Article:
Precast Concrete Retaining Walls
Precast retaining walls are one of many types of precast concrete products now available. As technology has advanced the manufacturers have developed new methods and products meaning there is now a huge amount of choice out there. This has led to a huge variety of retaining walls now being available, all with a different twist and different applications.
Retaining walls are used in a variety of applications; earth retention, aggregate bays, grain stores, salt barns, flood defences, garden walls, domestic use and agricultural uses such as silage clamps. The type of precast wall used will generally depend on the site conditions, the retention job the wall is going to be expected to do, and the aesthetic appearance required. For domestic use and garden walls it tends to be more precast concrete blocks that are used, whereas for more industrial sites you would normally look at larger precast units which don’t look quite so pretty!
Precast retaining walls have, in recent years, gained in favour over in-situ concrete walls or timber walls, and are very popular for construction and civil engineering projects. They have some obvious advantages – they are often a more economical option, easier to install and more environmentally sound than other options.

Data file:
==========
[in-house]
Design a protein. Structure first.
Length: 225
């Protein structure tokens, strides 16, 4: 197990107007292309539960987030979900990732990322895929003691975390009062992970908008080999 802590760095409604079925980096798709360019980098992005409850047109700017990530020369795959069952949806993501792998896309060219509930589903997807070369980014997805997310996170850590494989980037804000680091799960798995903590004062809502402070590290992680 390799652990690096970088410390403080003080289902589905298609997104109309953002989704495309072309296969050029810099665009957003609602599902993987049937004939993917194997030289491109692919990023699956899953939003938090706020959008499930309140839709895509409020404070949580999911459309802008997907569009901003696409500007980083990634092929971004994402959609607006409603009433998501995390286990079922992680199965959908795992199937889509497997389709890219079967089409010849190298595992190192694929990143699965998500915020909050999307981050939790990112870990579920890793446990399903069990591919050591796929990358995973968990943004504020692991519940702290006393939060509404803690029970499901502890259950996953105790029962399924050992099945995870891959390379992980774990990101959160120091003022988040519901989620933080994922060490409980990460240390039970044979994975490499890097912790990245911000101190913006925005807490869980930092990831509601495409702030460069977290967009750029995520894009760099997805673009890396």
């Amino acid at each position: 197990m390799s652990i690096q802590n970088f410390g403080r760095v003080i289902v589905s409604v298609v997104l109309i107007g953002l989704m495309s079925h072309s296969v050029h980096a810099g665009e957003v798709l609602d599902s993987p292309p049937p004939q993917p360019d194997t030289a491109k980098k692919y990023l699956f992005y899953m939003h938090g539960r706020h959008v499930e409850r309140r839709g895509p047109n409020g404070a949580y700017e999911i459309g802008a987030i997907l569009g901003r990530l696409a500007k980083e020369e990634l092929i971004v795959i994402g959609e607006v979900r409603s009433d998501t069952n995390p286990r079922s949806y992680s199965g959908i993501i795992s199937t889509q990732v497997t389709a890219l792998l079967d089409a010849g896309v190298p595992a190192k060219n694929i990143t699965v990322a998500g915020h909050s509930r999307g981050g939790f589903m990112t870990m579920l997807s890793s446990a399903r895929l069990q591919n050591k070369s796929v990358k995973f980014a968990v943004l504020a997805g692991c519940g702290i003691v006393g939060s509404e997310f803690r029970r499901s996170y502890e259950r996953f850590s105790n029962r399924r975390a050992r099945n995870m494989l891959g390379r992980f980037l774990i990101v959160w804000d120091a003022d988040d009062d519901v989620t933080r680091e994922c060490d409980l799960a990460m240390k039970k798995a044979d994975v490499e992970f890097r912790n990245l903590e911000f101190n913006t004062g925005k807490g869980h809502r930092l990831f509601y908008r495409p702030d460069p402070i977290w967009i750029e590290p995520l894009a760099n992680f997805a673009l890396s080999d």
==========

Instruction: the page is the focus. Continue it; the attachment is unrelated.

Where the aesthetic appearance of the wall is important, the most obvious choice is to use retaining wall blocks. These can be made with different finishes and effects which will allow the wall to fit in with the surrounding environment. These types of walls will take longer to construct and are likely to be more expensive than using the more industrial L shape retaining wall units. It will depend on the type of product as to how much can be retained, and the type of fixing that is used. The other option in this case is to use the L shape precast concrete retaining walls, and then clad it with a more aesthetically pleasing finish.
For more industrial type use, the most obvious choice is an L shape precast retaining wall unit. These units are either bolted to a secure foundation or they cast into the concrete slab. The units will generally range from one metre to four metres in height. Units can go higher but this normally requires a bespoke unit to be made. When there are extreme loads involved then it may require the unit to be increased in thickness or additional reinforcement to be included. To get an idea of the loadings then it is worth looking at the British Standards or Eurocodes.
From a structural point of view, it is always best to consult a structural engineer. They will be able to look at the site conditions, what material is being retained and then give you an idea of the product you’ll need and additional things like the foundation required.